In an interview with the Morning Star, Pidcock promised a Labour government would take urgent action to provide workers with a voice.
“In my own area we would get started immediately, looking at which sectors we can begin to implement collective agreements that raise pay and improve conditions across the board,” she said.
Low-pay sectors that are renowned for generating insecure jobs would be the first target of reform. “High on the list are social care, agriculture, retail,” she explained.
Alongside collective action, a Labour government would raise statutory rights and to provide “security on hours worked so you can live on your wage”. Pidcock said that this could be achieved by “quickly” banning zero-hour contracts and raising the National Minimum Wage.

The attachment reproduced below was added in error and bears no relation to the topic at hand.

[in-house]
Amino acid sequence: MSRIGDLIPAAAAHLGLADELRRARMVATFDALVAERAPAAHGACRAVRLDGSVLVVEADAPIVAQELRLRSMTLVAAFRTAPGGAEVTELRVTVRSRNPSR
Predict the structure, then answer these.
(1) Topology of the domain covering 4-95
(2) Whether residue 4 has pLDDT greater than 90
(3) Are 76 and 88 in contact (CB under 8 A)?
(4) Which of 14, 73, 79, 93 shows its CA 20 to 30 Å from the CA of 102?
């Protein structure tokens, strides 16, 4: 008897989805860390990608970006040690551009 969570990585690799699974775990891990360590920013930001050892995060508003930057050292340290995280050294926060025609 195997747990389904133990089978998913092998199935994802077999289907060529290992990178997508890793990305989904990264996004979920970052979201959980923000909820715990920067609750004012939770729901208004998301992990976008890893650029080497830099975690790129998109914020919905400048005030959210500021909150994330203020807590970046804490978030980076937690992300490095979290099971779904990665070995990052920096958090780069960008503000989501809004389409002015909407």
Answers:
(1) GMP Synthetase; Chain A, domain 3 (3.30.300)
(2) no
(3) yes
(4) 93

The Shadow Minister conceded that effective policing of employers’ compliance with these new rights would “take a bit longer to kick in” but she believes that a change in culture will benefit workers even before the enforcement of the law is made watertight.
“Even now we’re seeing some employers improve business practices because they know Labour is starting to plan these things,” she said.
The Institute of Employment Rights (IER) has been working closely with the Shadow Minister of Labour and her team after the Labour Party adopted key recommendations from our Manifesto for Labour Law. The protection of working hours – including a ban on zero-hour contracts, the reinstatement of sectoral collective bargaining, and a higher National Minimum Wage are all policies that have grown out of the IER’s work.